Wayne Jone

Wayne Jones, Fire Victim

“Well, I end up the lose everything weh inna mi house, ma’am. I nuh got nothing. Everything. Completely. I nuh got nothing. One suit a clothes I have on. Only that I have.”

 

Andrea Polanco

“You lived alone or with family members?”

 

Wayne Jones

“Me and mi uncle.”

 

Andrea Polanco

“In which one of the houses you lived?”

 

Wayne Jones

“Number four, Pinks Alley; downstairs.”

 

Andrea Polanco

“In the barracks?”

 

Wayne Jones

“Yes, ma’am.”

 

Andrea Polanco

“Now, what do you know about this fire? Weh time it start? How it start? Weh you know so far?”

 

Wayne Jones, Fire Victim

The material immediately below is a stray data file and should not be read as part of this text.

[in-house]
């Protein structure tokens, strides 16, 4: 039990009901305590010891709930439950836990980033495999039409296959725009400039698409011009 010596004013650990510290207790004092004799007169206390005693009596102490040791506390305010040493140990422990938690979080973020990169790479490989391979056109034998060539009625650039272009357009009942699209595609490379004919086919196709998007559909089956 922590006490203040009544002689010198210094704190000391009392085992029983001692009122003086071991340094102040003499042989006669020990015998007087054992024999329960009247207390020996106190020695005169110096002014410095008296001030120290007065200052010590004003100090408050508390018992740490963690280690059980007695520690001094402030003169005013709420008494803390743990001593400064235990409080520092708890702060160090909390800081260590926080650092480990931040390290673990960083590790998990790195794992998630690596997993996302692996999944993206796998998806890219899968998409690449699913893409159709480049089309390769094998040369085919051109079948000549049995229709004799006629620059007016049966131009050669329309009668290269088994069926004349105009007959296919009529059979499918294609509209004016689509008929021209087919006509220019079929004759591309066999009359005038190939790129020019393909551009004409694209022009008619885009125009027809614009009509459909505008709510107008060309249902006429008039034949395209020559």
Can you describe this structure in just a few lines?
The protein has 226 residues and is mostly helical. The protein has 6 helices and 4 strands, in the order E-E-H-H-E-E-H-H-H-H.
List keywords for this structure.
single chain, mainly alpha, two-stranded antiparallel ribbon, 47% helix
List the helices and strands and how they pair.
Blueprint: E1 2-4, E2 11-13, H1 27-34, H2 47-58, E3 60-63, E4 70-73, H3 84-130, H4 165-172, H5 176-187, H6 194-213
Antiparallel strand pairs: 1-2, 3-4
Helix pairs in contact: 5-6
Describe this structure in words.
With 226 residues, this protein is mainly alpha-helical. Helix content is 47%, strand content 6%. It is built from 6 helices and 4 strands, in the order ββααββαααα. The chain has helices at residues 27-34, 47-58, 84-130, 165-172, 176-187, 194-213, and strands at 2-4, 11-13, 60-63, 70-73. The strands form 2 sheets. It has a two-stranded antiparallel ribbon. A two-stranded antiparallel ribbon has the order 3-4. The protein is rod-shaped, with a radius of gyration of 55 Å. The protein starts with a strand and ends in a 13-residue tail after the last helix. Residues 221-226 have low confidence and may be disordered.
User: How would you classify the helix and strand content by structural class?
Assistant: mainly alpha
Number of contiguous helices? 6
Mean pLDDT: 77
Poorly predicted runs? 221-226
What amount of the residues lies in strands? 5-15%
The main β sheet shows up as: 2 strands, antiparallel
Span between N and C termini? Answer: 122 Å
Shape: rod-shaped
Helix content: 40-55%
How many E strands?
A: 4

“Well, I mi gone out and when I di come I see wah big black flames so I say I di hurry come because I see that it look like it’s back of the station. And when I reach ya dah fire and the thing deh under fire and can’t help to save nothing.”

 

Andrea Polanco

“Yo had no idea that dah yo place di burn down?”

 

Wayne Jones

“No. I had no idea.”

 

Most of the residents were not at home when the fire started – like Leroy Grandmaster Young. He born and grew up in this house – but on Friday evening the fire wiped out his family home and at least thirty years of his life’s works –– aside from the furniture and other personal belongings. He was left with a single certificate that he received for his contributions to the arts. The man of many words was speechless when he watched his home go up in flames.

 

Leroy Grandmaster Young

Leroy Grandmaster Young, Fire Victim